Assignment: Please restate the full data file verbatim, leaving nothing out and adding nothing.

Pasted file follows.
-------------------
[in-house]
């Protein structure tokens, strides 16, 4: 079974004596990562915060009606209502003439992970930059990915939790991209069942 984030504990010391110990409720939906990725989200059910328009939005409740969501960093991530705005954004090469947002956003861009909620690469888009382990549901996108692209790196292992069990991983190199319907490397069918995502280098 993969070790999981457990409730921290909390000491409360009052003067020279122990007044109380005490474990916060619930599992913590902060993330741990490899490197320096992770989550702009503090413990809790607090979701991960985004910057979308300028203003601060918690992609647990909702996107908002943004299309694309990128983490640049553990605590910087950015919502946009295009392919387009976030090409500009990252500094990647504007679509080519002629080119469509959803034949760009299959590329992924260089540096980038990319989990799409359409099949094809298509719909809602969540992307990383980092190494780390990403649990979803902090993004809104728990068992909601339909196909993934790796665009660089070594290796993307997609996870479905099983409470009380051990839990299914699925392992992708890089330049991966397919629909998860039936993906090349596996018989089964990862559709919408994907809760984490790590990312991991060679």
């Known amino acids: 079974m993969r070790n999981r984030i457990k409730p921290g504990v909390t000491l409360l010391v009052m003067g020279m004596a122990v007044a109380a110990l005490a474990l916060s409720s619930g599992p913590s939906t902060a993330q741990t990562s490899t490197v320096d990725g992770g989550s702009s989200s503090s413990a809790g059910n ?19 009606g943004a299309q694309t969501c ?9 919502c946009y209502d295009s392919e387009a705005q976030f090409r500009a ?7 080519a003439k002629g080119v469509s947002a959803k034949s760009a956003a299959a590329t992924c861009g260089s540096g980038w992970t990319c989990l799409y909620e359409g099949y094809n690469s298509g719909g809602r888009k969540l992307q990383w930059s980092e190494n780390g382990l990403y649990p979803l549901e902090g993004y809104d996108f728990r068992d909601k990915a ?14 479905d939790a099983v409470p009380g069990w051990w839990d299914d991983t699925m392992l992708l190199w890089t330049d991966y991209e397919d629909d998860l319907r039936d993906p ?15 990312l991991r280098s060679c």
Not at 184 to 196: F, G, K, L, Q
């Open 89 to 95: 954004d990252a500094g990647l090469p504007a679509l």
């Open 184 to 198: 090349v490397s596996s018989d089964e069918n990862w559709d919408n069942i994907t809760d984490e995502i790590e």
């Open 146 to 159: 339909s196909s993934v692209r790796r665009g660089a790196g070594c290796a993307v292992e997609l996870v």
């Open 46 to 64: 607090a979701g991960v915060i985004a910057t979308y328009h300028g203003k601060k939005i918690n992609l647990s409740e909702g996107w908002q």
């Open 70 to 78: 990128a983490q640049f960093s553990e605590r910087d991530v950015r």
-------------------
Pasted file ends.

[in-house]
């Protein structure tokens, strides 16, 4: 079974004596990562915060009606209502003439992970930059990915939790991209069942 984030504990010391110990409720939906990725989200059910328009939005409740969501960093991530705005954004090469947002956003861009909620690469888009382990549901996108692209790196292992069990991983190199319907490397069918995502280098 993969070790999981457990409730921290909390000491409360009052003067020279122990007044109380005490474990916060619930599992913590902060993330741990490899490197320096992770989550702009503090413990809790607090979701991960985004910057979308300028203003601060918690992609647990909702996107908002943004299309694309990128983490640049553990605590910087950015919502946009295009392919387009976030090409500009990252500094990647504007679509080519002629080119469509959803034949760009299959590329992924260089540096980038990319989990799409359409099949094809298509719909809602969540992307990383980092190494780390990403649990979803902090993004809104728990068992909601339909196909993934790796665009660089070594290796993307997609996870479905099983409470009380051990839990299914699925392992992708890089330049991966397919629909998860039936993906090349596996018989089964990862559709919408994907809760984490790590990312991991060679």
């Known amino acids: 079974m993969r070790n999981r984030i457990k409730p921290g504990v909390t000491l409360l010391v009052m003067g020279m004596a122990v007044a109380a110990l005490a474990l916060s409720s619930g599992p913590s939906t902060a993330q741990t990562s490899t490197v320096d990725g992770g989550s702009s989200s503090s413990a809790g059910n ?19 009606g943004a299309q694309t969501c ?9 919502c946009y209502d295009s392919e387009a705005q976030f090409r500009a ?7 080519a003439k002629g080119v469509s947002a959803k034949s760009a956003a299959a590329t992924c861009g260089s540096g980038w992970t990319c989990l799409y909620e359409g099949y094809n690469s298509g719909g809602r888009k969540l992307q990383w930059s980092e190494n780390g382990l990403y649990p979803l549901e902090g993004y809104d996108f728990r068992d909601k990915a ?14 479905d939790a099983v409470p009380g069990w051990w839990d299914d991983t699925m392992l992708l190199w890089t330049d991966y991209e397919d629909d998860l319907r039936d993906p ?15 990312l991991r280098s060679c």
Not at 184 to 196: F, G, K, L, Q
């Open 89 to 95: 954004d990252a500094g990647l090469p504007a679509l």
């Open 184 to 198: 090349v490397s596996s018989d089964e069918n990862w559709d919408n069942i994907t809760d984490e995502i790590e």
């Open 146 to 159: 339909s196909s993934v692209r790796r665009g660089a790196g070594c290796a993307v292992e997609l996870v």
């Open 46 to 64: 607090a979701g991960v915060i985004a910057t979308y328009h300028g203003k601060k939005i918690n992609l647990s409740e909702g996107w908002q």
């Open 70 to 78: 990128a983490q640049f960093s553990e605590r910087d991530v950015r």